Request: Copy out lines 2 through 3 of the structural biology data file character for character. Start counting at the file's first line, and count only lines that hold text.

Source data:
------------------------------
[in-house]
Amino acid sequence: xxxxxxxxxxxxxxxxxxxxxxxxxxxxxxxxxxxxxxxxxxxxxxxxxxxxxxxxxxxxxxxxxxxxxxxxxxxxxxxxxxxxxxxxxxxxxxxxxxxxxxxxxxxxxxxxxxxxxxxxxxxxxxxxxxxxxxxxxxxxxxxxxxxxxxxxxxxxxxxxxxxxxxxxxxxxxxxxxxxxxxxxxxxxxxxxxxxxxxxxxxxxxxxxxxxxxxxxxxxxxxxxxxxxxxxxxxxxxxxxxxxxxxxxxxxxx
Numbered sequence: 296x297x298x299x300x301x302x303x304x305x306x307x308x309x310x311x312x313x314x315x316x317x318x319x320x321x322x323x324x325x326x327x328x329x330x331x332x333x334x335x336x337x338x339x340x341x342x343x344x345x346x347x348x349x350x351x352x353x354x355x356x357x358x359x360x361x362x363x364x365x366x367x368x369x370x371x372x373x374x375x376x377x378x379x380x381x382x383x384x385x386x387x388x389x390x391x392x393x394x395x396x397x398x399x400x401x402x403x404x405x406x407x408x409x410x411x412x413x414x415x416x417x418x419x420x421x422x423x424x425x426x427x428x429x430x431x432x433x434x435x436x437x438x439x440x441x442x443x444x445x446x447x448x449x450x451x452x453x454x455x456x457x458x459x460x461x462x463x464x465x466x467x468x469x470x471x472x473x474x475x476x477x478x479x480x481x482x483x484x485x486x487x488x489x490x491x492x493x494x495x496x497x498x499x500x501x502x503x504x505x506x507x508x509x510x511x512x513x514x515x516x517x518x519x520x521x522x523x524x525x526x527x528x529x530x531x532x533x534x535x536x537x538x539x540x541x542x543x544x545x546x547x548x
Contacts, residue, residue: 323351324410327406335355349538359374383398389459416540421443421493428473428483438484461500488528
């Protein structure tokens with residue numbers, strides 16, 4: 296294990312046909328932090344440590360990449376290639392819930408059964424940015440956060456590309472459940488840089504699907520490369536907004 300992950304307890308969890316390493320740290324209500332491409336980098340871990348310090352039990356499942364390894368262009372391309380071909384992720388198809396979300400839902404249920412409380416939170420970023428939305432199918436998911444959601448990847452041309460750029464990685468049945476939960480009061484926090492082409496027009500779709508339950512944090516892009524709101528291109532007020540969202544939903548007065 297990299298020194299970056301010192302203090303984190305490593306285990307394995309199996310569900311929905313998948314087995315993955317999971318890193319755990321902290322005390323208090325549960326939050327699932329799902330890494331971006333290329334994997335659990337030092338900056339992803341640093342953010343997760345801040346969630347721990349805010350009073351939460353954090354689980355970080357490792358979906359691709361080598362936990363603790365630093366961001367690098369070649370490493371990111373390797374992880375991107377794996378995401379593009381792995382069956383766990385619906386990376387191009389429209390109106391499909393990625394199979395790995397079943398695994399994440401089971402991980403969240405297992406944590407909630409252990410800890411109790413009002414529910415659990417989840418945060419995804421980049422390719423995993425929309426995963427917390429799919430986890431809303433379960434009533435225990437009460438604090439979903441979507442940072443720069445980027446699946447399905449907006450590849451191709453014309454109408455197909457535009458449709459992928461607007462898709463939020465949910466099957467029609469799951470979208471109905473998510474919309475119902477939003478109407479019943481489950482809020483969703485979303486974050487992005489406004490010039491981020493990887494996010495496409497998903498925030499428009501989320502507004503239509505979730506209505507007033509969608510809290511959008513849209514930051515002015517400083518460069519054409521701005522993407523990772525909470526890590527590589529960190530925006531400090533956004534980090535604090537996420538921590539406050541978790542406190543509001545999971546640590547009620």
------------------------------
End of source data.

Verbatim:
Amino acid sequence: xxxxxxxxxxxxxxxxxxxxxxxxxxxxxxxxxxxxxxxxxxxxxxxxxxxxxxxxxxxxxxxxxxxxxxxxxxxxxxxxxxxxxxxxxxxxxxxxxxxxxxxxxxxxxxxxxxxxxxxxxxxxxxxxxxxxxxxxxxxxxxxxxxxxxxxxxxxxxxxxxxxxxxxxxxxxxxxxxxxxxxxxxxxxxxxxxxxxxxxxxxxxxxxxxxxxxxxxxxxxxxxxxxxxxxxxxxxxxxxxxxxxxxxxxxxxx
Numbered sequence: 296x297x298x299x300x301x302x303x304x305x306x307x308x309x310x311x312x313x314x315x316x317x318x319x320x321x322x323x324x325x326x327x328x329x330x331x332x333x334x335x336x337x338x339x340x341x342x343x344x345x346x347x348x349x350x351x352x353x354x355x356x357x358x359x360x361x362x363x364x365x366x367x368x369x370x371x372x373x374x375x376x377x378x379x380x381x382x383x384x385x386x387x388x389x390x391x392x393x394x395x396x397x398x399x400x401x402x403x404x405x406x407x408x409x410x411x412x413x414x415x416x417x418x419x420x421x422x423x424x425x426x427x428x429x430x431x432x433x434x435x436x437x438x439x440x441x442x443x444x445x446x447x448x449x450x451x452x453x454x455x456x457x458x459x460x461x462x463x464x465x466x467x468x469x470x471x472x473x474x475x476x477x478x479x480x481x482x483x484x485x486x487x488x489x490x491x492x493x494x495x496x497x498x499x500x501x502x503x504x505x506x507x508x509x510x511x512x513x514x515x516x517x518x519x520x521x522x523x524x525x526x527x528x529x530x531x532x533x534x535x536x537x538x539x540x541x542x543x544x545x546x547x548x